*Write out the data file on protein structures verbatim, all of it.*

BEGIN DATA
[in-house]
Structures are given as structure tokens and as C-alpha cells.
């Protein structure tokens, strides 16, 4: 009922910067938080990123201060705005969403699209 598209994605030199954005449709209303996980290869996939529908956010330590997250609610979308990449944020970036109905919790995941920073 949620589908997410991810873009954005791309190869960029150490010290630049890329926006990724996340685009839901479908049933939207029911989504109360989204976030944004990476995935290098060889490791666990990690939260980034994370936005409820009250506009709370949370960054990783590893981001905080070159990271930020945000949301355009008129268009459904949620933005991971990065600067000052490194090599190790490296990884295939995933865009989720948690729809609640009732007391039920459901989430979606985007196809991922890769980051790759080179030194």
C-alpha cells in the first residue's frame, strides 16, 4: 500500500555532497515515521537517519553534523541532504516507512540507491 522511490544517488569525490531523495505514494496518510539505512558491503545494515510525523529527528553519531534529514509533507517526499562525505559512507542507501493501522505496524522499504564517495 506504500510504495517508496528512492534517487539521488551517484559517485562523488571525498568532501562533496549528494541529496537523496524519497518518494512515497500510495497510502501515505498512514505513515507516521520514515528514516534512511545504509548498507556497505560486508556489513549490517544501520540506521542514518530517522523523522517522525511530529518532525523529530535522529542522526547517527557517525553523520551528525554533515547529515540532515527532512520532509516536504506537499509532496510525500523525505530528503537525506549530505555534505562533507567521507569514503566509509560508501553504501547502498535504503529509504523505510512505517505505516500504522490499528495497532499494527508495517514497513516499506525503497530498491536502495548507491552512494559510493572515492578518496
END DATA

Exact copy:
[in-house]
Structures are given as structure tokens and as C-alpha cells.
């Protein structure tokens, strides 16, 4: 009922910067938080990123201060705005969403699209 598209994605030199954005449709209303996980290869996939529908956010330590997250609610979308990449944020970036109905919790995941920073 949620589908997410991810873009954005791309190869960029150490010290630049890329926006990724996340685009839901479908049933939207029911989504109360989204976030944004990476995935290098060889490791666990990690939260980034994370936005409820009250506009709370949370960054990783590893981001905080070159990271930020945000949301355009008129268009459904949620933005991971990065600067000052490194090599190790490296990884295939995933865009989720948690729809609640009732007391039920459901989430979606985007196809991922890769980051790759080179030194």
C-alpha cells in the first residue's frame, strides 16, 4: 500500500555532497515515521537517519553534523541532504516507512540507491 522511490544517488569525490531523495505514494496518510539505512558491503545494515510525523529527528553519531534529514509533507517526499562525505559512507542507501493501522505496524522499504564517495 506504500510504495517508496528512492534517487539521488551517484559517485562523488571525498568532501562533496549528494541529496537523496524519497518518494512515497500510495497510502501515505498512514505513515507516521520514515528514516534512511545504509548498507556497505560486508556489513549490517544501520540506521542514518530517522523523522517522525511530529518532525523529530535522529542522526547517527557517525553523520551528525554533515547529515540532515527532512520532509516536504506537499509532496510525500523525505530528503537525506549530505555534505562533507567521507569514503566509509560508501553504501547502498535504503529509504523505510512505517505505516500504522490499528495497532499494527508495517514497513516499506525503497530498491536502495548507491552512494559510493572515492578518496